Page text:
Looking Through the Window

 

A majority of the traveling we have done in Haiti has been in vans
provided by one of our partner schools, CFFL, and near the end of my
internship, after many hours in these vans, I began to notice a
peculiar affect arising from this mode of transport. We drive around
in a sealed off bubble of air conditioning and English, while the rest
of Haiti carries on sweating, working, and surviving. This is how I
began to view the scenes passing by, as a distant yet intriguing
world. My van bubble allows me to view this uncomfortable and foreign
world with a certain intimacy that makes engagement nonessential, and is
supported by my comfortable and distant point of view.
On the other side of my window, I often wonder what the passing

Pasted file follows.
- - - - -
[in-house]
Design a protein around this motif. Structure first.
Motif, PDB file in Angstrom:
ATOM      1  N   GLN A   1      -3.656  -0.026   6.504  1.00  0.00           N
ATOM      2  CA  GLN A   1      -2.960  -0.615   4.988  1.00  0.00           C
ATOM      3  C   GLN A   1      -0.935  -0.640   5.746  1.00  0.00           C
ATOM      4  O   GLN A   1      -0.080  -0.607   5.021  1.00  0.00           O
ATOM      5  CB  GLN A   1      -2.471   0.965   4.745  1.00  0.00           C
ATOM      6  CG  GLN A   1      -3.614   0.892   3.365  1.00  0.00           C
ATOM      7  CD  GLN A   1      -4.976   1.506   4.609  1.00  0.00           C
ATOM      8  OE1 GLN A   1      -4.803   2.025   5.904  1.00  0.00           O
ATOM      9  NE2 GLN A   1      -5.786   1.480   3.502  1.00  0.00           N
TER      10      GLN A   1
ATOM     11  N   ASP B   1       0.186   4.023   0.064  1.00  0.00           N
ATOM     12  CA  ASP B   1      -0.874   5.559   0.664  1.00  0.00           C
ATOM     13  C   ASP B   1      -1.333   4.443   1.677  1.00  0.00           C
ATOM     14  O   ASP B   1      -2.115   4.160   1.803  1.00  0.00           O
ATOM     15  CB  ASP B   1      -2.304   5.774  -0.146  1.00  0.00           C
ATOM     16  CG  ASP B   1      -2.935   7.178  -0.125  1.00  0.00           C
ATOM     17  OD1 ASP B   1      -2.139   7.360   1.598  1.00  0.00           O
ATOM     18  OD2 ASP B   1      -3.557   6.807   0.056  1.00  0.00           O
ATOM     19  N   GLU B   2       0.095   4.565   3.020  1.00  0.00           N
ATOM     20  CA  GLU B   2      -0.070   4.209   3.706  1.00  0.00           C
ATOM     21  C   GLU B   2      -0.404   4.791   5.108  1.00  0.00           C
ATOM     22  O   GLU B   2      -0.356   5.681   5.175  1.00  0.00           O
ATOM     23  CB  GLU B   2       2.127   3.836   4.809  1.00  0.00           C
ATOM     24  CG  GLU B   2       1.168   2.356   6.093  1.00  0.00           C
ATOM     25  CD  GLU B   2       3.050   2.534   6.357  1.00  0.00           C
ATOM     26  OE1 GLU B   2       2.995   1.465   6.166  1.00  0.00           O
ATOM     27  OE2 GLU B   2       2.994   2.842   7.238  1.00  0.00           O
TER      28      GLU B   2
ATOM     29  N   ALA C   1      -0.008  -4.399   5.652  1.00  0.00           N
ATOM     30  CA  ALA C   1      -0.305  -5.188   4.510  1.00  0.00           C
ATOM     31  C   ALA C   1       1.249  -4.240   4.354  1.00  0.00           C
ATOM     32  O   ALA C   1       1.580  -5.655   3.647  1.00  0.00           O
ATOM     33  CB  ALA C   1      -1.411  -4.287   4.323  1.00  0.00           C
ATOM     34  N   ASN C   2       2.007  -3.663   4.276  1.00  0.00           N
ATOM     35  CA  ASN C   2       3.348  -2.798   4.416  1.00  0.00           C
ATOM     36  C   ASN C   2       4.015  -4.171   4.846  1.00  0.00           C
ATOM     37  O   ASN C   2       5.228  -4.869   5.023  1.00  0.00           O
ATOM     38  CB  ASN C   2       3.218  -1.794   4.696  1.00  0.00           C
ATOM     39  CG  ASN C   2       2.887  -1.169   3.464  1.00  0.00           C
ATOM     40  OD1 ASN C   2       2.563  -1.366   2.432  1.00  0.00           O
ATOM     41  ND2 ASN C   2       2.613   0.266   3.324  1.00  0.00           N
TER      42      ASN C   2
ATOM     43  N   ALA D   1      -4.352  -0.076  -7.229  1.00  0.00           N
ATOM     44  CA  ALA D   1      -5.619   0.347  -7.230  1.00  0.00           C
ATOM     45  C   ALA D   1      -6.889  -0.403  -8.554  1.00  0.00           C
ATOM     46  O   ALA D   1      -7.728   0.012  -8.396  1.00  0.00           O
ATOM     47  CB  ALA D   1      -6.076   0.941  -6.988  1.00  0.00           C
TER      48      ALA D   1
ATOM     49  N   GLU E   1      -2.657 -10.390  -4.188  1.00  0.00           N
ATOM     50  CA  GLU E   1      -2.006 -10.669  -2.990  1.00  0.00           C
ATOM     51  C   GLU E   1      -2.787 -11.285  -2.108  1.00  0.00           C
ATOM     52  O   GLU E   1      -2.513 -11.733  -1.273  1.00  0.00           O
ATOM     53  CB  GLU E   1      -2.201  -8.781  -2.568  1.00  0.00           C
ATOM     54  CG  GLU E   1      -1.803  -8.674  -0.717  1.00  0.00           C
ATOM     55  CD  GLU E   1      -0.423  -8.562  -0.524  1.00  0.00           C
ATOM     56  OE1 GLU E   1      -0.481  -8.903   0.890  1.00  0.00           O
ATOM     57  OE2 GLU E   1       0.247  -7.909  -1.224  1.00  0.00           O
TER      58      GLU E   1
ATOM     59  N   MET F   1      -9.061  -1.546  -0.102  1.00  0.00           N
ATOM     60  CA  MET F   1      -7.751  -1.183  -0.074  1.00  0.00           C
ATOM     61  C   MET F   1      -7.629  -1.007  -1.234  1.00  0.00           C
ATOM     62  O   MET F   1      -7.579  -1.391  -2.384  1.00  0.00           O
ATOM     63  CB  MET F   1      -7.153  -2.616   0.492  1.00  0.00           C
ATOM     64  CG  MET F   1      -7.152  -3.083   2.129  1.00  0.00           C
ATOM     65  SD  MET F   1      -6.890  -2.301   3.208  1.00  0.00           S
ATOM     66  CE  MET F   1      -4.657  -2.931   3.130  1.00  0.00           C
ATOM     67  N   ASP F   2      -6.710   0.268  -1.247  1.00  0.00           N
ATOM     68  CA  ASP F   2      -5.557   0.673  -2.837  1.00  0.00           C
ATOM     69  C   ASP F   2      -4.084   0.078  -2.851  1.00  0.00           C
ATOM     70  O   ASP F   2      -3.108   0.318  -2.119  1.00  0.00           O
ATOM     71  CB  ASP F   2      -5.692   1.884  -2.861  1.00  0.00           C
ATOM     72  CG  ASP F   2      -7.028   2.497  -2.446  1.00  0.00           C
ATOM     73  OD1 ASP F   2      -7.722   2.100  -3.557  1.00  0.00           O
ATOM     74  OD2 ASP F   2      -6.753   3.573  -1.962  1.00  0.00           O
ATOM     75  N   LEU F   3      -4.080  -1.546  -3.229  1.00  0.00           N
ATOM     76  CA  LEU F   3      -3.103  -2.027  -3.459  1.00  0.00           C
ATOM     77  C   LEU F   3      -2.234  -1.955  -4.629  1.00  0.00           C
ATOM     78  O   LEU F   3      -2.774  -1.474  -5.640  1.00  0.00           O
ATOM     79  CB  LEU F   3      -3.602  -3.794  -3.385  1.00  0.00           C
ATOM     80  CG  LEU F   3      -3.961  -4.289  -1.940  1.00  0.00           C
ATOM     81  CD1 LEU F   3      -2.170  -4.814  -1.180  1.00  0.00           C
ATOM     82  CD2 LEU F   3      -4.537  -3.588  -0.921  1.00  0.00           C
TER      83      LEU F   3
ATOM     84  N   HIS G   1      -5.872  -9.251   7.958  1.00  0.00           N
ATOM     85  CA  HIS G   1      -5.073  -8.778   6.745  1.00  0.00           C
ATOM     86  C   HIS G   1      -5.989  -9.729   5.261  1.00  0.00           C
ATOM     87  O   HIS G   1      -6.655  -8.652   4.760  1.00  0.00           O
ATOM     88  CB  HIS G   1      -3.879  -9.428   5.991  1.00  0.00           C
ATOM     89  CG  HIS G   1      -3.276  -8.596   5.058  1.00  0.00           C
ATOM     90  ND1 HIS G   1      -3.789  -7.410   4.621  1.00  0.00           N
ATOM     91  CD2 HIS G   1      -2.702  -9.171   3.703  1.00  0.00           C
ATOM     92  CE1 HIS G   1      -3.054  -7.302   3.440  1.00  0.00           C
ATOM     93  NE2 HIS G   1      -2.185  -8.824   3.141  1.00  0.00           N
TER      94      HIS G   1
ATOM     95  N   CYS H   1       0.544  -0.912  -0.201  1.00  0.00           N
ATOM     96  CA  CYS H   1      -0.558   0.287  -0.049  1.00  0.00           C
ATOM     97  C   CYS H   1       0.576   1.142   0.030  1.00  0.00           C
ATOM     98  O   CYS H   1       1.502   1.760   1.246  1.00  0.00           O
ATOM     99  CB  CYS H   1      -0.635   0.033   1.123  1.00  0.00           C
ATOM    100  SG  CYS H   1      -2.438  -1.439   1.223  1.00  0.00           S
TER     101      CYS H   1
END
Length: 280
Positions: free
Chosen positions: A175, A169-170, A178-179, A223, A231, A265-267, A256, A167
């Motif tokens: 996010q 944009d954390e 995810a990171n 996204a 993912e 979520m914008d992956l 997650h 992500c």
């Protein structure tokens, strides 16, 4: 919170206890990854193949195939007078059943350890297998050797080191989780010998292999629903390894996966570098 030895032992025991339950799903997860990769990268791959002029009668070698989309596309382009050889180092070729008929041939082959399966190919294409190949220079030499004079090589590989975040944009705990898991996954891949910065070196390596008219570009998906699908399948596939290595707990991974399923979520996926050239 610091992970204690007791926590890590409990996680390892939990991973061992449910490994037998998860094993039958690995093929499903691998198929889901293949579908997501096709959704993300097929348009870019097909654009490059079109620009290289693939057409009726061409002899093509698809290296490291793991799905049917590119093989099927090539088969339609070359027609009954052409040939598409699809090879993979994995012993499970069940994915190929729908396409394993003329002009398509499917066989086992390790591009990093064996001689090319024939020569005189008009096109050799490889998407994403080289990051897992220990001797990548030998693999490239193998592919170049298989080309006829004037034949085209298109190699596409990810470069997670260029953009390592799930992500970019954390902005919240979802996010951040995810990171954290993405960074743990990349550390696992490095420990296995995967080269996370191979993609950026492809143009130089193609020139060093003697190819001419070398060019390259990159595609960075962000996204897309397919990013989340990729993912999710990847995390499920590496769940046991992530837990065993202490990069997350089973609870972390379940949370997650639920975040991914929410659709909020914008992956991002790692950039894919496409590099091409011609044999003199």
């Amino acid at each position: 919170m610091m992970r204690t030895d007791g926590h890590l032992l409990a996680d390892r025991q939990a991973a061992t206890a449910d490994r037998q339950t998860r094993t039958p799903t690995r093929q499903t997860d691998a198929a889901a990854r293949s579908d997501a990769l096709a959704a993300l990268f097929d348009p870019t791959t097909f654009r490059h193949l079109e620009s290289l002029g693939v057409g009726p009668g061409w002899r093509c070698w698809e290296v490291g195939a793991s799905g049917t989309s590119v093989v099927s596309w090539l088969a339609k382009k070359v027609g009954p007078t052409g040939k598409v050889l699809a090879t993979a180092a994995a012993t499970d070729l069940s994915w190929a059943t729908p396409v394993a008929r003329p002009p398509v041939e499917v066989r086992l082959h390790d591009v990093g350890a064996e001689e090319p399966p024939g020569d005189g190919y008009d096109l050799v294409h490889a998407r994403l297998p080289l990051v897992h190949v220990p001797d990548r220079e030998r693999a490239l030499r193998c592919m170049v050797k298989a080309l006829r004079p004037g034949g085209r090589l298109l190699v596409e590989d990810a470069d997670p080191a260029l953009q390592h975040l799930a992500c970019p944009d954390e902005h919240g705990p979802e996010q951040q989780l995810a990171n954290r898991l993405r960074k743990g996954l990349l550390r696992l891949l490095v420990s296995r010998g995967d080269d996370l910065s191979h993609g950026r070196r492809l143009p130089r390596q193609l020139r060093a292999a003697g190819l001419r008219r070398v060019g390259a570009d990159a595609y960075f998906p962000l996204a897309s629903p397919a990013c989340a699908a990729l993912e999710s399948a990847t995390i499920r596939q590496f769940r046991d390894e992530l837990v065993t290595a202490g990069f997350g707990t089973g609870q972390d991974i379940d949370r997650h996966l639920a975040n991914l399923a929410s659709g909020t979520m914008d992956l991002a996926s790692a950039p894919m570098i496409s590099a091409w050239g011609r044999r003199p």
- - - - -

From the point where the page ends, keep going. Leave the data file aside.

Haitians think of me. To them I am just another foreigner in their
country, here to help, but not to help them. A passing face filled
with feigned curiosity. This glass pane transforms a distance of a few
feet to hundreds of miles, with the space in between entangled with
cultural, linguistic, and economic differences.
Yet despite our contrasts and separation, I love driving through
Haiti. I love seeing the unabashed, public, and forward encounters
that thrive in the streets. Although we are seemingly working against the guards we have ourselves imposed, I believe we are eager to connect with one another, to know
one another, and to learn about one another. The relationship is not
one way, and we both must shatter the window that keeps us apart.Photo By Chris Hornsby

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